PW1 in his statement stated that the appellant also levelled the allegation that the gold ear-rings were also missing from his house and the same were stolen by Ramulu. PW1 also stated that the appellant also demanded the advance of Rs. 7,000/- paid to Ramulu at the time of his employment. He further stated that Ramulu committed suicide because the appellant had levelled the allegation of theft of ornaments. 5. The prosecution also examined Balamma, the mother of the deceased as P.W.2. She also corroborated the statement of PW1 and gave same version of the incident in her testimony. On the basis of the testimonies of P.W.1 and P.W.2, the Trial Court convicted the appellant under Section 306 of the Code and his conviction on appeal was confirmed by the High Court. 6. Learned Counsel for the appellant submitted that the conviction of the appellant is totally unsustainable because no ingredients of offence under Section 306 of the Code can be made out in the facts and circumstances of this case.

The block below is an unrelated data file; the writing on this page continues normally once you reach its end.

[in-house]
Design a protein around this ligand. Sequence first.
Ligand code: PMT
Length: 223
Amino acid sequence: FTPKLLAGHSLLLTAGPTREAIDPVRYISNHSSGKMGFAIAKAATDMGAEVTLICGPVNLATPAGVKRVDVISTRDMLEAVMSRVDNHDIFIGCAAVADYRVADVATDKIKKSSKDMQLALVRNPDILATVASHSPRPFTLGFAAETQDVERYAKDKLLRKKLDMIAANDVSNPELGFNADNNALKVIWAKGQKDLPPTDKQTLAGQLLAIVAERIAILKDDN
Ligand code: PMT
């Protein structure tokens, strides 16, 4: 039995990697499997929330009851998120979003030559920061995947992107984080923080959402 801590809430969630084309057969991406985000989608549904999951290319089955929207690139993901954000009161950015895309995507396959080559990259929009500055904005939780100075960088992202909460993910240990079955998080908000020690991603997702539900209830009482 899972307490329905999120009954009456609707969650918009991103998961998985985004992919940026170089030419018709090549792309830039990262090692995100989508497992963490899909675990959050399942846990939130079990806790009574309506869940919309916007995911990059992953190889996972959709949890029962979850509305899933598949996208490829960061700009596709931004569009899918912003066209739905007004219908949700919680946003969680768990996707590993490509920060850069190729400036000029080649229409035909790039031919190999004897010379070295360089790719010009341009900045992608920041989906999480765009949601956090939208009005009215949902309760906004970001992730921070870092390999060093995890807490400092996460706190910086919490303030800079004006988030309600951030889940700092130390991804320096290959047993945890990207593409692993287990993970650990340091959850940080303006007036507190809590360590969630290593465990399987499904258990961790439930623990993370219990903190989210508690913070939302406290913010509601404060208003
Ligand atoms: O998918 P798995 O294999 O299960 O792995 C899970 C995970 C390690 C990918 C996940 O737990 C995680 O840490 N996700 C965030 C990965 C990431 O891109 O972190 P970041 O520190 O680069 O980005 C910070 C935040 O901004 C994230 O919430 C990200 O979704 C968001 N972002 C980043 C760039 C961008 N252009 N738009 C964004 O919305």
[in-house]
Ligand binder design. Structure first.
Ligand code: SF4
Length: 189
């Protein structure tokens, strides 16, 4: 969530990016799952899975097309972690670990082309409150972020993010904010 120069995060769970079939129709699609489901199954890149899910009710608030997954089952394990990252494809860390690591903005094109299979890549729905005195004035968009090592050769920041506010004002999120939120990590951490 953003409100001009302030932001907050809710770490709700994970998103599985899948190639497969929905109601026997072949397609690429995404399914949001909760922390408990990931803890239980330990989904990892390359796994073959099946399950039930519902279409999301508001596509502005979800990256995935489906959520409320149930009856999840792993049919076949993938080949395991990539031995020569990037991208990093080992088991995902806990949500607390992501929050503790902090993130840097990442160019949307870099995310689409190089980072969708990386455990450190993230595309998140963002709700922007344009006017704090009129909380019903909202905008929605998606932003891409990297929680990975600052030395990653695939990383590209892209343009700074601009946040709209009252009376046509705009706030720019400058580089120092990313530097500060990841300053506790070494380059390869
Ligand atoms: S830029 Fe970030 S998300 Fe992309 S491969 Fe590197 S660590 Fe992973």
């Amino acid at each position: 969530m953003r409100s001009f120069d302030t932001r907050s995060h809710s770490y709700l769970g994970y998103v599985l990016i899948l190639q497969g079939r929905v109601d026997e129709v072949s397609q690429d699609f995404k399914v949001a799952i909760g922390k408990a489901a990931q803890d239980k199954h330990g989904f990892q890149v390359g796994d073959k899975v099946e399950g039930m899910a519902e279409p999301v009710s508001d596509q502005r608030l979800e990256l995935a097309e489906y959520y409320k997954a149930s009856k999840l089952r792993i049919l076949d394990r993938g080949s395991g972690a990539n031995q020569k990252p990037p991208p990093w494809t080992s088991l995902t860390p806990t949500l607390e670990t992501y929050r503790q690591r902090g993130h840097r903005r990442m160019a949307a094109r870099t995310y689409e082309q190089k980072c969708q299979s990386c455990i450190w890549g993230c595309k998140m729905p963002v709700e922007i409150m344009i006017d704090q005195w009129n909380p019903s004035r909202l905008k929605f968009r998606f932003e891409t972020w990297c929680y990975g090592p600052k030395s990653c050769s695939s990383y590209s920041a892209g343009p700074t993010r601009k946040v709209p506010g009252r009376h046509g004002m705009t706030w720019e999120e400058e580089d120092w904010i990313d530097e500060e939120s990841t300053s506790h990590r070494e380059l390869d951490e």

7. The word suicide in itself is nowhere defined in the Indian Penal Code, however its meaning and import is well known and requires no explanation. ‘Sui’ means ‘self’ and ‘cide’ means ‘killing’, thus implying an act of self-killing. In short a person committing suicide must commit it by himself, irrespective of the means employed by him in achieving his object of killing himself. 8. Suicide by itself is not an offence under either English or Indian criminal law, though at one time it was a felony in England. • Degradation of corpse of deceased by burying it on the highway with a stake through its chest. • Forfeiture of property of deceased by the State. 9. This penalty was later distilled down to merely not providing a full Christian burial, unless the deceased could be proved to be of unsound mind. However, currently there is no punishment for suicide after the enactment of the Suicide Act, 1961 which proclaims that the rule of law whereby it was a crime for a person to commit suicide has been abrogated.